The cold does not seem to bother Bajo much, however, and she has carried up a couple of down blankets and makes hot water bottles to stay warm at night. Nor does she go hungry—the pantry, or “poop” as it is known in AMC slang, is stocked with more than enough staples to last till spring. “Freshies” she carries up herself at the beginning of her stint: “You can get by [without them], but you’d get scurvy. You’re packing milk, vegetables, butter—things you couldn’t get during the Great Depression.” On her last shift she brought up a fifty-pound bag of flour. “I hadn’t packed anything in a while and it kicked my ass!”

Loneliness is not much of a problem. “I do a lot of reading, a lot of writing…there’s a lot of thinking time. It depends on your personality, because some people do get lonely” (a caretaker at nearby Carter Notch Hut recently quit because the job was so solitary). When the radio squawks—Joanne, the caretaker at Zealand Falls Hut, is calling the AMC’s Construction Crew, presumably because something at her hut isn’t working—Bajo jumps up and runs to the radio to listen. “My program’s on!” she yells, and then comes back disappointed when no one responds to the radio call. “There’s enough work up here to occupy your time…at night, I listen to NPR, so it’s not like I don’t hear people’s voices for a week.”

Self-motivation is the key to accomplishing the gritty tasks it takes to keep the hut in good shape. “No one’s going to pat you on the back for reaming (cleaning) the stove,” she says. Cleaning the bathrooms, scraping ice off of windows, and scrubbing graffiti off of birch trees are some of her glamorous tasks. In colder weather, she chooses more active chores to stay warm.

A year ago, Bajo was working at an upscale women’s boutique clothing store in Burlington, where the money was good but the work uninspiring. Having paid off most of her college loans and seen the huts in action through a roommate at UVM, she applied to work for the AMC last fall and got a position on the croo at Lakes of the Clouds Hut. Hearing the friend’s stories about surviving the bitter winters made her wary of caretaking, but her enthusiasm for the mountains and simple lifestyle convinced her to try it, thus escaping another boring retail job at home in Connecticut.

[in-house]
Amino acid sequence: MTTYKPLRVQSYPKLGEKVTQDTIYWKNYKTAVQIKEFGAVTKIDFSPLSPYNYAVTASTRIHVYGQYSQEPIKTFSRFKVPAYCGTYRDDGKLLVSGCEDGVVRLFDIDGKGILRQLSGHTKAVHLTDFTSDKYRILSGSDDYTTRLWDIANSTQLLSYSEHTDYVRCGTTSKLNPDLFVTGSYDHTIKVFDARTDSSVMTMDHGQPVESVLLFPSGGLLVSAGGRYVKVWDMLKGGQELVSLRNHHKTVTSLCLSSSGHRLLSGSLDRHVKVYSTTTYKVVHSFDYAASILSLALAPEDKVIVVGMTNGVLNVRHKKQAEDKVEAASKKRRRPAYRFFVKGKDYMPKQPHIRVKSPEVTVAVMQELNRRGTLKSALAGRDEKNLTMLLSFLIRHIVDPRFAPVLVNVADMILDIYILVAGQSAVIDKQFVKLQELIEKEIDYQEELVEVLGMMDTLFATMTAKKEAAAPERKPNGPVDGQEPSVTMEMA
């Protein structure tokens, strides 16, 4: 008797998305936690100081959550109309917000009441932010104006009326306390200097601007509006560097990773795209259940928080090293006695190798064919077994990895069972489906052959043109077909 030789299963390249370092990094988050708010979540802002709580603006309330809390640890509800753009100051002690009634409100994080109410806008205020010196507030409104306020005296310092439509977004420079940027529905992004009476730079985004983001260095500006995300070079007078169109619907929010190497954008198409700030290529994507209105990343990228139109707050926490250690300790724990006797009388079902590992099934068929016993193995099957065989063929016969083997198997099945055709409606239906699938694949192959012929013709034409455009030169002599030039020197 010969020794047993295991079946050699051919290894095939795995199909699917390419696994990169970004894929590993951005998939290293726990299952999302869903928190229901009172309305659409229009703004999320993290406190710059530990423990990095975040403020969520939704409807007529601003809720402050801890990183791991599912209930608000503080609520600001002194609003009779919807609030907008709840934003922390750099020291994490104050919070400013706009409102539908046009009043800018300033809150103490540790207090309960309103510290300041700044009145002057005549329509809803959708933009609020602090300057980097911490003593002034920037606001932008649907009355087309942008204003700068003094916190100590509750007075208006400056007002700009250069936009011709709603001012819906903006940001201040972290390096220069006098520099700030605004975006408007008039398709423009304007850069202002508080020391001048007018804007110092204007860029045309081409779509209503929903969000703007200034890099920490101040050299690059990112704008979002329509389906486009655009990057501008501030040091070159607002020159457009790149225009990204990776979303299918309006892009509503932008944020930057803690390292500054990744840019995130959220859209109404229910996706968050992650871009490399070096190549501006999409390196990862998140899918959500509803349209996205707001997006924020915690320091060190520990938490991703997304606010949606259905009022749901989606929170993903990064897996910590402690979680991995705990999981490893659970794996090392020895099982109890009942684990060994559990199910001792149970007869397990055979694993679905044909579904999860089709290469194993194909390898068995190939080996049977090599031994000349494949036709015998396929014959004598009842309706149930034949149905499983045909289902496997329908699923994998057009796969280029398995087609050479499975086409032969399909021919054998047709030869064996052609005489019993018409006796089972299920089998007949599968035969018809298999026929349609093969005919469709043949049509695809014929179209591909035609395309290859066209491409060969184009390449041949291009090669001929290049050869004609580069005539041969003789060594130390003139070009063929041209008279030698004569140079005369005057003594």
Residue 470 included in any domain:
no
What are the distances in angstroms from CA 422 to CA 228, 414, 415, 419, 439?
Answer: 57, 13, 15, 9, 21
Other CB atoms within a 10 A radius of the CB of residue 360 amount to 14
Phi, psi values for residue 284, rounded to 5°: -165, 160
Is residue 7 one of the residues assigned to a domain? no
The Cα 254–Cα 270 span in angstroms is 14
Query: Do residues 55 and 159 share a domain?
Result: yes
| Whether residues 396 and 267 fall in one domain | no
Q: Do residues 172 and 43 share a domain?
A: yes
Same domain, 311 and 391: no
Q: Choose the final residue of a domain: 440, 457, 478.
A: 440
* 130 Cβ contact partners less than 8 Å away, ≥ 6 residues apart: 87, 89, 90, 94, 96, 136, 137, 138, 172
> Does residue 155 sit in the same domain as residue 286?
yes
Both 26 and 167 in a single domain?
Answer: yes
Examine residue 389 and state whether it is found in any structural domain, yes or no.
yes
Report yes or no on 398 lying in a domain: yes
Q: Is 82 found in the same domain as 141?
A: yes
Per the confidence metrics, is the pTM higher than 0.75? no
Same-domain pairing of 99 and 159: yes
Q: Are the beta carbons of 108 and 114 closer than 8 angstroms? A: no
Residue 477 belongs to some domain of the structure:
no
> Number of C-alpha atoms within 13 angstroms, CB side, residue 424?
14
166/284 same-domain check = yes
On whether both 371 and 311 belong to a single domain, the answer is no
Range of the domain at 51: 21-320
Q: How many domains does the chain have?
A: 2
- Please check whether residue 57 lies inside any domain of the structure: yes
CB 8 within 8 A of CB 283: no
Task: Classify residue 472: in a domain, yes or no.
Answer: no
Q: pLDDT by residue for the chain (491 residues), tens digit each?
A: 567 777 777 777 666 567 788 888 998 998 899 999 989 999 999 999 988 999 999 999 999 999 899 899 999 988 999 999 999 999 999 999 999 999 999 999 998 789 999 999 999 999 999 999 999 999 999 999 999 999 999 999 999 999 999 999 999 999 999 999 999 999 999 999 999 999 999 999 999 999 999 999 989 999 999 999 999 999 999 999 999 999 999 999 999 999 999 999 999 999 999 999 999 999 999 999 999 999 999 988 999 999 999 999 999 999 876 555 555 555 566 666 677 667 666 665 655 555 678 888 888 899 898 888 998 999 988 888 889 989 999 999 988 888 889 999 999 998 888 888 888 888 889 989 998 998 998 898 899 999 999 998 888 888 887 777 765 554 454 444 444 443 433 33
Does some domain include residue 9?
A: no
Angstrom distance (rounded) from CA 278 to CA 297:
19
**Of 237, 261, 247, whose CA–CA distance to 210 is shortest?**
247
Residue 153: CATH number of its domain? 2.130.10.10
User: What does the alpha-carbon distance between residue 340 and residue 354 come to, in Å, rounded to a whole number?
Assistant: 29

Halfway through her winter term of employment, Bajo is already signed up to work at Mizpah Hut this summer and is thinking about another two months of spring caretaking. By August, she will have spent an entire year working in the backcountry. Born a flatlander, she prefers the rugged terrain of New Hampshire and Vermont and has plans to stay. After caretaking, she can survive anything. “It’s an opportunity to live a sparser life than in the frontcountry,” she says, and settles down for a late morning nap, to be followed by a couple of laps around the lake in the afternoon.

Wednesday, February 14, 2007

The ICA and the new South Boston waterfront

The trouble with modern art museums is that the buildings tend to overshadow the art within. This is the case with the ICA/Boston, an arresting new building on the Fan Pier just east of downtown. Its situation is magnificent, and it stands as a major milestone in the transformation of Boston’s waterfront.

The art itself is not worth the visit, however, so I will sum it up briefly. The first glimpse of the collection in the lobby is Chiho Aoshima’s “Divine Wind”—a giant anime girl reclining along one enormous wall in the lobby, issuing a swirl of multicolored clouds and flowers from her bottom. This attempt at an ironic joke ends up only warning of the predictable and boring installations. The most flattering adjective one can apply to the collection is “interesting,” and with a few exceptions, “self-indulgent,” “contrived,” and “kitschy” are more accurate.

The building itself and the position it occupies in the evolution of Boston’s urban planning are fascinating, especially with all the recent activity having to do with the Big Dig. With the dismantling of the Central Artery downtown, planners are converting the new space into the Rose Kennedy Greenway, a well-intentioned but poorly reasoned scheme because too few people live downtown to make use of the open space (those who live in the North End might, but the Greenway is isolated between two wide boulevards and doesn’t lead to any useful citizen amenities, just the financial district).

A wiser plan would have converted the land into prime building space, easing the pressure on the already cramped real estate market. Instead, development is spilling across Fort Point Channel and onto the South Boston waterfront. Long home to docks, fish processing plants and distribution centers, vast parking lots, and the odd upscale seafood restaurant (Anthony’s on Pier 4, more recently the Barking Crab), the area is no stranger to redevelopment; the World Trade Center has spawned a colony of sleek hotels to the east, and the new Moakley Federal Courthouse is a massive castle-like edifice on the edge of Fort Point Channel. The old brown turntable bridge has been replaced by a sleeker, less distinctive span.

The ICA building heralds a shift in focus, however. No longer will the South Boston waterfront serve primarily industrial and commercial functions (most fishing operations have already moved south to New Bedford and Fall River), but, like the stretch of shore just south of the North End, anchored culturally by the Boston Aquarium and which underwent a similar metamorphosis thirty years ago, it will now have a cultural and residential purpose.